Minsk protests against Ukraine's forced return to Kiev of Belavia planeWorld October 22, 14:05
Russian Foreign Ministry: Militants in Aleppo fail assistance delivery, civilians outflowsRussian Politics & Diplomacy October 22, 14:03
Kremlin: Syria’s breakup may become catastrophe for the regionRussian Politics & Diplomacy October 22, 14:00
Kremlin: Common language at Normandy Four talks is not oftenRussian Politics & Diplomacy October 22, 13:56
Kremlin: Extending humanitarian pause in Aleppo is Putin’s independent decisionRussian Politics & Diplomacy October 22, 13:50
Putin offered condolences to families of victims in Mi-8 crash in YamalSociety & Culture October 22, 11:20
Production of Russian flu vaccines in Nicaragua may start on October 22Society & Culture October 22, 7:44
Mascot of 2018 World Cup should be remembered like Olympic Mishka, Mutko saysSport October 22, 6:31
Nineteen people killed, 3 injured in helicopter crash landing in Russia's YamalSociety & Culture October 22, 5:00
MOSCOW, June 27 (Itar-Tass) - A special electronic database will be developed on Russian children adopted in the United States, the press service of the Russian children rights’ ombudsman said on Thursday, commenting on a working visit to the United States by children rights’ ombudsman Pavel Astakhov and Konstantin Dolgov, the Russian foreign ministry’s human rights envoy.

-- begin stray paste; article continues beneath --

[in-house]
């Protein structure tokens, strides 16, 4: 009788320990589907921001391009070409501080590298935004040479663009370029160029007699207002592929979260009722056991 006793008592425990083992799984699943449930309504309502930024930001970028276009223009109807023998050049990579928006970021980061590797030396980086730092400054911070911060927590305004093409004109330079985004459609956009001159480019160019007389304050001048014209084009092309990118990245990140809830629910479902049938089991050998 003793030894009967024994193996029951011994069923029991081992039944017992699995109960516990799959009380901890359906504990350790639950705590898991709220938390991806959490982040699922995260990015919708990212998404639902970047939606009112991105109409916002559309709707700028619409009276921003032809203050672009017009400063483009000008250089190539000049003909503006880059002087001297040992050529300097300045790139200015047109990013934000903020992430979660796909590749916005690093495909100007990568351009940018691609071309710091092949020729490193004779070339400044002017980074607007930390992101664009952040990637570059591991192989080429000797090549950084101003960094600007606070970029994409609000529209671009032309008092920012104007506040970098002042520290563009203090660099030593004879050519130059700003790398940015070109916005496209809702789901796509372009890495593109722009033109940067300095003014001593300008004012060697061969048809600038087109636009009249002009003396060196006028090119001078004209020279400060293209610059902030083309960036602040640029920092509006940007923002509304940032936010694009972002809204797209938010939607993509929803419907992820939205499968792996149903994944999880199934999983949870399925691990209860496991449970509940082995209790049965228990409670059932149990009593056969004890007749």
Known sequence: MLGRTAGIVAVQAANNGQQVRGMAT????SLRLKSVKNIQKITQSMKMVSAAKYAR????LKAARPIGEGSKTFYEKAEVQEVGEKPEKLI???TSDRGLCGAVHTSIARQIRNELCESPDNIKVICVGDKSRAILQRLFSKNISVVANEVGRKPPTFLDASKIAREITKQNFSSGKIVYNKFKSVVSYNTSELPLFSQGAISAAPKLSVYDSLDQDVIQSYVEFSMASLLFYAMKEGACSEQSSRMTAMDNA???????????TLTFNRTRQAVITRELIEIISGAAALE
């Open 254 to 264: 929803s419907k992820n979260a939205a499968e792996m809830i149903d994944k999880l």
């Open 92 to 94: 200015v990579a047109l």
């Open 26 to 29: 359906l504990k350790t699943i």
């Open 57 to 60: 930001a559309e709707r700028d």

As of now, measures are taken to check the lists of Russian children who left Russia in the past 20 years (since 1991) and those who are registered with Russian consular services in the United States (More than 49,000 left Russia, while only 37,438 are registered with consular services). The U.S. Department of State expressed readiness to share information about these children and their parents. As a first step, the U.S. Department of State furnished information from the U.S. Immigration and Customs Enforcement Agency.
According to the press service, it is expected that the problem of delayed answers to the Russian Investigations Committee’s and the Prosecutor General Office’s requests will soon be settled. The Russian Prosecutor General’s Office issued the latest request on April 23, 2013 after this problem was raised at Russian-U.S. consultations on April 16-18. Only one out of the Prosecutor General Office’s 17 requests has been answered.
A similar situation is around requests from the Russian ministry of education and science, which is awaiting three answers. The U.S. Department of State has promised to ask adoptive parents and adoptions agencies to fulfill their liabilities and provide reports.